And not only was the March Made in Washington deficit’s monthly increase of 24.06 percent the second fastest ever (after March, 2015’s 31.24 percent). The March, 2022 level of $128.70 billion was the biggest ever.

The story of the non-oil goods trade gap’s growth was overwhelmingly a manufacturing story. The sector’s huge and chronic trade shortfall shot back up from $106.49 billion in February (which was a nice retreat from January’s $121.03 billion) to a new record $142.22 billion. And the monthly percentage jump of 33.55 percent was the biggest since the 37.62 percent during weather-affected March, 2015.

Manufactures exports advanced sequentially by a strong 20.53 percent this past March. That topped the previous all-time monthly high of $105.37 billion (set back in October, 2014), by 8.15 percent. But the much greater volume of imports skyrocketed by 27.43 percent. And their $256.18 billion total smashed the old record of $222.79 billion (from last December) by 14.98 percent.

Within manufacturing, U.S. trade in advanced technology products (ATP) took a notable beating in March, too. The $23.31 billion trade gap was an all-time high, and its 73.65 percent monthly growth the worst since the shortfall slightly more than doubled on month in March, 2020 – as the Chinese economy and its huge electronics and infotech hardware manufacturing bases reopened after the People’s Republic’s initial pandemic wave.

Yet as noted above, despite these extaordinary manufacturing and ATP trade numbers, the latest March numbers for manufacturing-heavy U.S. China trade were anything but extraordinary. U.S. goods exports to the People’s Republic increased on-month by 15.36 percent – slower than the rate for manufactures exports globally, but the fastest rate since the 52.47 percent rocket ride they took  last October.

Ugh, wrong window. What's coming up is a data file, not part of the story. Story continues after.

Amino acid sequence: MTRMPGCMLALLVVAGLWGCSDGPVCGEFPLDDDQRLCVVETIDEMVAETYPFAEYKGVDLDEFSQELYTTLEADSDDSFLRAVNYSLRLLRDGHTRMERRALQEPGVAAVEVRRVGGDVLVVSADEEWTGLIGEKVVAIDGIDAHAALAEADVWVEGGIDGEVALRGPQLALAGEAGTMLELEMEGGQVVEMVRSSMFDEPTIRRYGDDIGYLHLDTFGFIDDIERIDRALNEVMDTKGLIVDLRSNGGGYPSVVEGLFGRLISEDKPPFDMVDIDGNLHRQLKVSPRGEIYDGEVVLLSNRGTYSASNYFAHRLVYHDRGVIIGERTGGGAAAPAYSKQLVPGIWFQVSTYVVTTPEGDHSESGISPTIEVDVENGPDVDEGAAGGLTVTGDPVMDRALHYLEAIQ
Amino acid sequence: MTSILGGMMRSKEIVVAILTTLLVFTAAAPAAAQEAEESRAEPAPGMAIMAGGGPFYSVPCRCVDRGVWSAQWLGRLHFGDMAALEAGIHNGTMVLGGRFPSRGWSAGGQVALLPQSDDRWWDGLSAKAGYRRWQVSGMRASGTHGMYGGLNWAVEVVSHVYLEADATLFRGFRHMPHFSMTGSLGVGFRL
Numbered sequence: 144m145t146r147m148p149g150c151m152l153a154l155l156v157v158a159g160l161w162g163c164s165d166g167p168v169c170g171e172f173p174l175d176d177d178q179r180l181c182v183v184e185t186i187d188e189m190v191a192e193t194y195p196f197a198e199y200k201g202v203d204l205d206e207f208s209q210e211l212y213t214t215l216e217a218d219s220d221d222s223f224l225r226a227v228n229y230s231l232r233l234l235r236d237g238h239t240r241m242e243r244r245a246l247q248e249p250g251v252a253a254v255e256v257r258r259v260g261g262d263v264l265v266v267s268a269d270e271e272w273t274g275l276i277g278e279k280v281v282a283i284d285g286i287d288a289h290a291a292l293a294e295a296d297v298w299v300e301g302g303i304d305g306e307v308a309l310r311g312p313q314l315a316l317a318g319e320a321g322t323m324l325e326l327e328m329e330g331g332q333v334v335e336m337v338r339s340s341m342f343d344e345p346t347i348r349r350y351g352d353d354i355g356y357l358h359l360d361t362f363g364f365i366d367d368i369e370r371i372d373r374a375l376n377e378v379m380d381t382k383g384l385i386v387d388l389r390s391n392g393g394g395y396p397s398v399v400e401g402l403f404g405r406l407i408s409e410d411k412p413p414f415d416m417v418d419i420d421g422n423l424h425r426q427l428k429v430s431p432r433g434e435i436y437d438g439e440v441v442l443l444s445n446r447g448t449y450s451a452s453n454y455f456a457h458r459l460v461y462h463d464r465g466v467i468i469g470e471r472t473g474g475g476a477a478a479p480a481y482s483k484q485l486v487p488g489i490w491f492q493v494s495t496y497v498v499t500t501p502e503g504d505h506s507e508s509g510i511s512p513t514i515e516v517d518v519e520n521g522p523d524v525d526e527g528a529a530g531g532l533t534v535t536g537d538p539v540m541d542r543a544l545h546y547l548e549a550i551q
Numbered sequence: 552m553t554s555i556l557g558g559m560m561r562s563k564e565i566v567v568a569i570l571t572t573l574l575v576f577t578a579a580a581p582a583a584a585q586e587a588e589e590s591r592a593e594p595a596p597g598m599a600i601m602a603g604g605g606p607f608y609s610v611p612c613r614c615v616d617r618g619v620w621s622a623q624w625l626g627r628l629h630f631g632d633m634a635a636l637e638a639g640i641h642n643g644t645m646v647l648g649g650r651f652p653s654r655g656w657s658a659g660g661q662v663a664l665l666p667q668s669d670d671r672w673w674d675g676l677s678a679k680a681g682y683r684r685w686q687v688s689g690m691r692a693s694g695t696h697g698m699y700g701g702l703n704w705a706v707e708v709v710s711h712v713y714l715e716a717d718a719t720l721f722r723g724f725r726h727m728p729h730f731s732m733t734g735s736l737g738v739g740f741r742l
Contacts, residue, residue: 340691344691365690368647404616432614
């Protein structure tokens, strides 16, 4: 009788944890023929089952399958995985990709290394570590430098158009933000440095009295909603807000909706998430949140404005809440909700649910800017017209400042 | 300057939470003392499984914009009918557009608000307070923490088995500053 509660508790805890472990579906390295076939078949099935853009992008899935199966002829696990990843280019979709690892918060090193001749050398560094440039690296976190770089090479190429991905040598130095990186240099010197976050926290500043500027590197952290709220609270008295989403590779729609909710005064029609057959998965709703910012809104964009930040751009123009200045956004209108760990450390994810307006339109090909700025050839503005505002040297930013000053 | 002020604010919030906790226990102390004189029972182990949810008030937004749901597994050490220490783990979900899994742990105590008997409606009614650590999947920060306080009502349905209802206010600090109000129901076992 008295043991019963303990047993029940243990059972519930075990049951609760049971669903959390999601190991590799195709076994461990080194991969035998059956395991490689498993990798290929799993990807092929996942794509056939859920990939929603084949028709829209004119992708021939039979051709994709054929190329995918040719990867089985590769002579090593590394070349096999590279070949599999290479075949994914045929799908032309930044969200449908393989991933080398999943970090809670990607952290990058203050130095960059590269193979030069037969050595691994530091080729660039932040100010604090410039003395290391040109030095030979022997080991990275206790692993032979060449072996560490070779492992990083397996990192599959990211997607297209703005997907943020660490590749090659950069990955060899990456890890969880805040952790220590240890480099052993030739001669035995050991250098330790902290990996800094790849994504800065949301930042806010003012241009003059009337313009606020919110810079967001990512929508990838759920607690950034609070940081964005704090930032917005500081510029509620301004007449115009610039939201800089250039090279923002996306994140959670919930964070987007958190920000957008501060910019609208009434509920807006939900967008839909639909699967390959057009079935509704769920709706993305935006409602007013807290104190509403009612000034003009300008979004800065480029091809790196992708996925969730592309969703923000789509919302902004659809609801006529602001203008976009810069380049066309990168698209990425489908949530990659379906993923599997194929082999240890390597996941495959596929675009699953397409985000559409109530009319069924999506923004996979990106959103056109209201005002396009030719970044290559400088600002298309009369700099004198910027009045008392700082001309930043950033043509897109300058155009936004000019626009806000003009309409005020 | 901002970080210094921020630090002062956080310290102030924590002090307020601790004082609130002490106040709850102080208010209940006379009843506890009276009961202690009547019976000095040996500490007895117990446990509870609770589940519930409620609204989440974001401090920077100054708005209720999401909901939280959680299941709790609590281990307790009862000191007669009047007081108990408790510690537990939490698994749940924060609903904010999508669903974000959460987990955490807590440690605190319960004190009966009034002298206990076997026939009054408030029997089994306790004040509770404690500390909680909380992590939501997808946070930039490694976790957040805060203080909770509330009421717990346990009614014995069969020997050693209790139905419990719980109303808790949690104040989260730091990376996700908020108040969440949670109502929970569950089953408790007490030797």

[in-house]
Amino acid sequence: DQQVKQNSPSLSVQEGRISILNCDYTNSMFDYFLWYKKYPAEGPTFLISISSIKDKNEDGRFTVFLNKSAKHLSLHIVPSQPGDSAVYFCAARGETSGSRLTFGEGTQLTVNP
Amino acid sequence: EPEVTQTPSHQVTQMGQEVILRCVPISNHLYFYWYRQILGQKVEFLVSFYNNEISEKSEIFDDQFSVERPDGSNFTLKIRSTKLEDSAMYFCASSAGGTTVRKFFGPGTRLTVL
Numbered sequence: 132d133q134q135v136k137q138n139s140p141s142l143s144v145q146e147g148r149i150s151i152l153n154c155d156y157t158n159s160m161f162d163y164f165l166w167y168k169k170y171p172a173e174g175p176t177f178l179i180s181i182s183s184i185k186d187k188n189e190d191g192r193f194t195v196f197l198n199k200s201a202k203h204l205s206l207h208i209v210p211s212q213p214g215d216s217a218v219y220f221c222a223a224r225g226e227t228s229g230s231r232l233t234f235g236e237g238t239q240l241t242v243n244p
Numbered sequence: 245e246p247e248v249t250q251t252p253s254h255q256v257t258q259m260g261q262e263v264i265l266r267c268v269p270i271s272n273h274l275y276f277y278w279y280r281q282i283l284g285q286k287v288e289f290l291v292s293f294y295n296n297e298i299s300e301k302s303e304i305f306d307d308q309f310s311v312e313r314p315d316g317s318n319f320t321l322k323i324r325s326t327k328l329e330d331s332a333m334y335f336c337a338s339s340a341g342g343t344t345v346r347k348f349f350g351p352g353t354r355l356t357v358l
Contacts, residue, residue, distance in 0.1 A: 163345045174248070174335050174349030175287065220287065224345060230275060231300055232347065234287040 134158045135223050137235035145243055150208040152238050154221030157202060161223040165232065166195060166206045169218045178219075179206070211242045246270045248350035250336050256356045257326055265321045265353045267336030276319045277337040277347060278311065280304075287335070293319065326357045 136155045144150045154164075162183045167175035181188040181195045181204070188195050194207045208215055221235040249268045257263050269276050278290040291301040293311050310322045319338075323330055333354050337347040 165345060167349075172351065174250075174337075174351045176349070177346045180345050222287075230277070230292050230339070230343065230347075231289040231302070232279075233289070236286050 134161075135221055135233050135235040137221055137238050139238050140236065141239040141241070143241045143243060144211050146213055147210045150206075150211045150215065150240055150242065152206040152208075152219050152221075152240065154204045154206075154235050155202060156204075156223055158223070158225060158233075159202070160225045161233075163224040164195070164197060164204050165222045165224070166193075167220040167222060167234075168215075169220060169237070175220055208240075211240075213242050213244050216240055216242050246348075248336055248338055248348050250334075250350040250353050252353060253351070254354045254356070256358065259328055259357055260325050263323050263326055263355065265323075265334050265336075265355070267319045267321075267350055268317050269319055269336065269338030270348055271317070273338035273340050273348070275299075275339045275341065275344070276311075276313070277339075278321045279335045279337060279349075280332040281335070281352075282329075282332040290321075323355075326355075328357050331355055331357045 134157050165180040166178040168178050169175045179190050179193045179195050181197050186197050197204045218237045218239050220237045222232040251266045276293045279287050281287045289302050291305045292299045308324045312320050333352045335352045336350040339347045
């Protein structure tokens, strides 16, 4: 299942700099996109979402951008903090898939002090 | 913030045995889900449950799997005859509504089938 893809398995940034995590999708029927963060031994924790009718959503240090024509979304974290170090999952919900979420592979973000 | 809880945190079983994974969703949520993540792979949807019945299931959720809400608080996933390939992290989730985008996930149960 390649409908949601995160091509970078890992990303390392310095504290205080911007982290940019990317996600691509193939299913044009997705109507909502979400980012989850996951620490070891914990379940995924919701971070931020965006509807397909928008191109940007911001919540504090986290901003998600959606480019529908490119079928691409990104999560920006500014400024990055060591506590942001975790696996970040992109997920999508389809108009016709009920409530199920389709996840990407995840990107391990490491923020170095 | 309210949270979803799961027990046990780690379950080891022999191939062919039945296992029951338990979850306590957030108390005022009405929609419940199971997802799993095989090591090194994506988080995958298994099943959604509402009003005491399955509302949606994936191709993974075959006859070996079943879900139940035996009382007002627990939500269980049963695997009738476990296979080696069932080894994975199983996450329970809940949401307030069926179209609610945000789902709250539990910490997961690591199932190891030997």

Goods imports from China, however, rose much more slowly from February to March than manufactures imports overall – by just 12.10 percent, from $42.26 billion to $47.37 billion.

When it comes to other major U.S. trade partners, the March American goods deficit with Canada of $8.03 billion was the highest such total since July, 2008 ($9.88 billion). It was led by a 30.81 percent advance in imports reflecting the mid-February reopening of bridges between the two countries that had been closed due to CCP Virus restrictions-related protests.

The goods deficit with Mexico worsened even faster – by 35.11 percent, to $11.92 billion. That total was its highest since August, 2020’s $12.77 billion.

Another major monthly increase (31.59 percent) was registered by the U.S. goods shortfall with the European Union, but its March level ($16.87 billion) was subdued relative to recent results.

Anything but subdued was the Japan goods shortfall, which shot up sequentially in March by 49 percent. The $6.77 billion total also was the biggest since November, 2020’s $6.78 billion, and the monthly jump the greatest since the 84.37 percent burst in July, 2020, during the rapid recovery from the sharp U.S. economic downturn induced by the first wave of the CCP Virus and related economic and behavior curbs.

The Europe and Japan trade figures stem significantly from a development that’s bound to turn into an increasingly formidable headwind for the U.S. trade balance for the foreseeable future – the dollar’s rise versus other leading currencies to levels not seen in 20 years. And unless it’s reversed substantially soon, China’s latest currency devaluation, which began in mid-April, will weaken the effects of both the Trump tariffs and the Zero Covid policy. So even if the Federal Reserve’s (so far modest) inflation-fighting efforts do slow the American economy significantly, it’s likely that, as astronomical as the March trade deficits were, we ain’t seen nothin’ yet.